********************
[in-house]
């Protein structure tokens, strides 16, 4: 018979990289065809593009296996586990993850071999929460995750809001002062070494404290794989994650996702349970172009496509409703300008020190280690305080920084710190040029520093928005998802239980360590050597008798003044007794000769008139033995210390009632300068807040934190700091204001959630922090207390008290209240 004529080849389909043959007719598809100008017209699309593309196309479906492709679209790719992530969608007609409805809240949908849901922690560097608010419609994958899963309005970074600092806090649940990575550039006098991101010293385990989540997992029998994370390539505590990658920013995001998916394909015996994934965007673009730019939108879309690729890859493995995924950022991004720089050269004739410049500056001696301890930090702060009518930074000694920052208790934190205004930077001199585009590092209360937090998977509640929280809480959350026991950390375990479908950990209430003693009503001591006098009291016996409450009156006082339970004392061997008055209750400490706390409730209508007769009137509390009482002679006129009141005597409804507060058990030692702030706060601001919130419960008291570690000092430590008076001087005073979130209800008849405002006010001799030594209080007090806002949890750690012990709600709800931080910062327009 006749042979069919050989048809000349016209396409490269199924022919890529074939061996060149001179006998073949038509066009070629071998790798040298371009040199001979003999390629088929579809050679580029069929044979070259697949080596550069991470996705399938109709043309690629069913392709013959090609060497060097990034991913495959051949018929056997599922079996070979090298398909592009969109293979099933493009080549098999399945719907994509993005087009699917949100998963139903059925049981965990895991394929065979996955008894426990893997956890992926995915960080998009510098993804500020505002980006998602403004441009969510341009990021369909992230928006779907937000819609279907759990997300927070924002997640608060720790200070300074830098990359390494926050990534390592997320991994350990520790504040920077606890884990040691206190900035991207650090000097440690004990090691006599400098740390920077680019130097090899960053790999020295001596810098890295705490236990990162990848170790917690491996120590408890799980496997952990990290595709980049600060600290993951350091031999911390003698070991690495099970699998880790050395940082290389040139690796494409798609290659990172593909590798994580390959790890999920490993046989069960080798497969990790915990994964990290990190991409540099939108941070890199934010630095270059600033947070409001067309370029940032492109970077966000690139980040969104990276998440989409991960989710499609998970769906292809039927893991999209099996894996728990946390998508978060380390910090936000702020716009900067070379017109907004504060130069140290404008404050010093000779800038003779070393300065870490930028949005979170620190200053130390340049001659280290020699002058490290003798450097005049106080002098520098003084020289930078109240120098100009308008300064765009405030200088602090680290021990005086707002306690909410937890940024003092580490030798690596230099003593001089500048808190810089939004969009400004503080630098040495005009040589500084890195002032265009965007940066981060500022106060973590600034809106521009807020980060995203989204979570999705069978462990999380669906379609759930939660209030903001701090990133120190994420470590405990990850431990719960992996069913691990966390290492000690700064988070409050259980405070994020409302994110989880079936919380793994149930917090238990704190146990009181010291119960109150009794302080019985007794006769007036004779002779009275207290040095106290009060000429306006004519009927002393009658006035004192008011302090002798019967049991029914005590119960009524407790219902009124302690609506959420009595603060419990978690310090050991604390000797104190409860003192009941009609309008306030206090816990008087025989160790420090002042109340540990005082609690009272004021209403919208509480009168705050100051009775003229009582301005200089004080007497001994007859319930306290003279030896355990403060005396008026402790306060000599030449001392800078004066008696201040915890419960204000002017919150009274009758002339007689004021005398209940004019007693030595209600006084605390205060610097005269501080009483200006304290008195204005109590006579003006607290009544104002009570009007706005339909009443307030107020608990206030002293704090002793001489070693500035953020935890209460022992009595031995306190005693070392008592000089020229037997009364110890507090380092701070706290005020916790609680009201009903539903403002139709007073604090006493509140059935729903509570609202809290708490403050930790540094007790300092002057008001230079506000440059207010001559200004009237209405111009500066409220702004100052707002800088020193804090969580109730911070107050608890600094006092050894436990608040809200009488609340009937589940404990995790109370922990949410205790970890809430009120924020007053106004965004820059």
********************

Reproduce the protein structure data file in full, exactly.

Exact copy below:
[in-house]
């Protein structure tokens, strides 16, 4: 018979990289065809593009296996586990993850071999929460995750809001002062070494404290794989994650996702349970172009496509409703300008020190280690305080920084710190040029520093928005998802239980360590050597008798003044007794000769008139033995210390009632300068807040934190700091204001959630922090207390008290209240 004529080849389909043959007719598809100008017209699309593309196309479906492709679209790719992530969608007609409805809240949908849901922690560097608010419609994958899963309005970074600092806090649940990575550039006098991101010293385990989540997992029998994370390539505590990658920013995001998916394909015996994934965007673009730019939108879309690729890859493995995924950022991004720089050269004739410049500056001696301890930090702060009518930074000694920052208790934190205004930077001199585009590092209360937090998977509640929280809480959350026991950390375990479908950990209430003693009503001591006098009291016996409450009156006082339970004392061997008055209750400490706390409730209508007769009137509390009482002679006129009141005597409804507060058990030692702030706060601001919130419960008291570690000092430590008076001087005073979130209800008849405002006010001799030594209080007090806002949890750690012990709600709800931080910062327009 006749042979069919050989048809000349016209396409490269199924022919890529074939061996060149001179006998073949038509066009070629071998790798040298371009040199001979003999390629088929579809050679580029069929044979070259697949080596550069991470996705399938109709043309690629069913392709013959090609060497060097990034991913495959051949018929056997599922079996070979090298398909592009969109293979099933493009080549098999399945719907994509993005087009699917949100998963139903059925049981965990895991394929065979996955008894426990893997956890992926995915960080998009510098993804500020505002980006998602403004441009969510341009990021369909992230928006779907937000819609279907759990997300927070924002997640608060720790200070300074830098990359390494926050990534390592997320991994350990520790504040920077606890884990040691206190900035991207650090000097440690004990090691006599400098740390920077680019130097090899960053790999020295001596810098890295705490236990990162990848170790917690491996120590408890799980496997952990990290595709980049600060600290993951350091031999911390003698070991690495099970699998880790050395940082290389040139690796494409798609290659990172593909590798994580390959790890999920490993046989069960080798497969990790915990994964990290990190991409540099939108941070890199934010630095270059600033947070409001067309370029940032492109970077966000690139980040969104990276998440989409991960989710499609998970769906292809039927893991999209099996894996728990946390998508978060380390910090936000702020716009900067070379017109907004504060130069140290404008404050010093000779800038003779070393300065870490930028949005979170620190200053130390340049001659280290020699002058490290003798450097005049106080002098520098003084020289930078109240120098100009308008300064765009405030200088602090680290021990005086707002306690909410937890940024003092580490030798690596230099003593001089500048808190810089939004969009400004503080630098040495005009040589500084890195002032265009965007940066981060500022106060973590600034809106521009807020980060995203989204979570999705069978462990999380669906379609759930939660209030903001701090990133120190994420470590405990990850431990719960992996069913691990966390290492000690700064988070409050259980405070994020409302994110989880079936919380793994149930917090238990704190146990009181010291119960109150009794302080019985007794006769007036004779002779009275207290040095106290009060000429306006004519009927002393009658006035004192008011302090002798019967049991029914005590119960009524407790219902009124302690609506959420009595603060419990978690310090050991604390000797104190409860003192009941009609309008306030206090816990008087025989160790420090002042109340540990005082609690009272004021209403919208509480009168705050100051009775003229009582301005200089004080007497001994007859319930306290003279030896355990403060005396008026402790306060000599030449001392800078004066008696201040915890419960204000002017919150009274009758002339007689004021005398209940004019007693030595209600006084605390205060610097005269501080009483200006304290008195204005109590006579003006607290009544104002009570009007706005339909009443307030107020608990206030002293704090002793001489070693500035953020935890209460022992009595031995306190005693070392008592000089020229037997009364110890507090380092701070706290005020916790609680009201009903539903403002139709007073604090006493509140059935729903509570609202809290708490403050930790540094007790300092002057008001230079506000440059207010001559200004009237209405111009500066409220702004100052707002800088020193804090969580109730911070107050608890600094006092050894436990608040809200009488609340009937589940404990995790109370922990949410205790970890809430009120924020007053106004965004820059």